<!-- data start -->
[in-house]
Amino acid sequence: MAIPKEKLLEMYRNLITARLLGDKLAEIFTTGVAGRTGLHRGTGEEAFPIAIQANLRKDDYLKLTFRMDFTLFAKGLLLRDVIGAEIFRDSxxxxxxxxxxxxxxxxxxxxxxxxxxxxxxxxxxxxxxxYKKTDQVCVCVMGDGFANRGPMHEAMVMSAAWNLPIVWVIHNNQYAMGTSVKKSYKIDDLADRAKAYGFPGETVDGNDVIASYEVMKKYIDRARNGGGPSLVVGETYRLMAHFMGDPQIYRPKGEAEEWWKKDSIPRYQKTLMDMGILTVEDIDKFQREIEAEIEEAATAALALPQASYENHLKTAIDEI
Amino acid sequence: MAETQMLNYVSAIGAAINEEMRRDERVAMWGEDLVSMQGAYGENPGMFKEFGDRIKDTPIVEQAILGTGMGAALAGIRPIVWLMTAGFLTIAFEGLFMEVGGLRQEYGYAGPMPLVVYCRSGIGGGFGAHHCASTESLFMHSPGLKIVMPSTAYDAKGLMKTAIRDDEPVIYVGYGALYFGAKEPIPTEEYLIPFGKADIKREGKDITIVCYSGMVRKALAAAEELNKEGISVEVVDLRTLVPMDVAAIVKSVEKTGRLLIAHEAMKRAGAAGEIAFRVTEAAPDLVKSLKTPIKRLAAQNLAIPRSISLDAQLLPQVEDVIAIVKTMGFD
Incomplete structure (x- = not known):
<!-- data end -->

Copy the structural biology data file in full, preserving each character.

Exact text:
[in-house]
Amino acid sequence: MAIPKEKLLEMYRNLITARLLGDKLAEIFTTGVAGRTGLHRGTGEEAFPIAIQANLRKDDYLKLTFRMDFTLFAKGLLLRDVIGAEIFRDSxxxxxxxxxxxxxxxxxxxxxxxxxxxxxxxxxxxxxxxYKKTDQVCVCVMGDGFANRGPMHEAMVMSAAWNLPIVWVIHNNQYAMGTSVKKSYKIDDLADRAKAYGFPGETVDGNDVIASYEVMKKYIDRARNGGGPSLVVGETYRLMAHFMGDPQIYRPKGEAEEWWKKDSIPRYQKTLMDMGILTVEDIDKFQREIEAEIEEAATAALALPQASYENHLKTAIDEI
Amino acid sequence: MAETQMLNYVSAIGAAINEEMRRDERVAMWGEDLVSMQGAYGENPGMFKEFGDRIKDTPIVEQAILGTGMGAALAGIRPIVWLMTAGFLTIAFEGLFMEVGGLRQEYGYAGPMPLVVYCRSGIGGGFGAHHCASTESLFMHSPGLKIVMPSTAYDAKGLMKTAIRDDEPVIYVGYGALYFGAKEPIPTEEYLIPFGKADIKREGKDITIVCYSGMVRKALAAAEELNKEGISVEVVDLRTLVPMDVAAIVKSVEKTGRLLIAHEAMKRAGAAGEIAFRVTEAAPDLVKSLKTPIKRLAAQNLAIPRSISLDAQLLPQVEDVIAIVKTMGFD
Incomplete structure (x- = not known):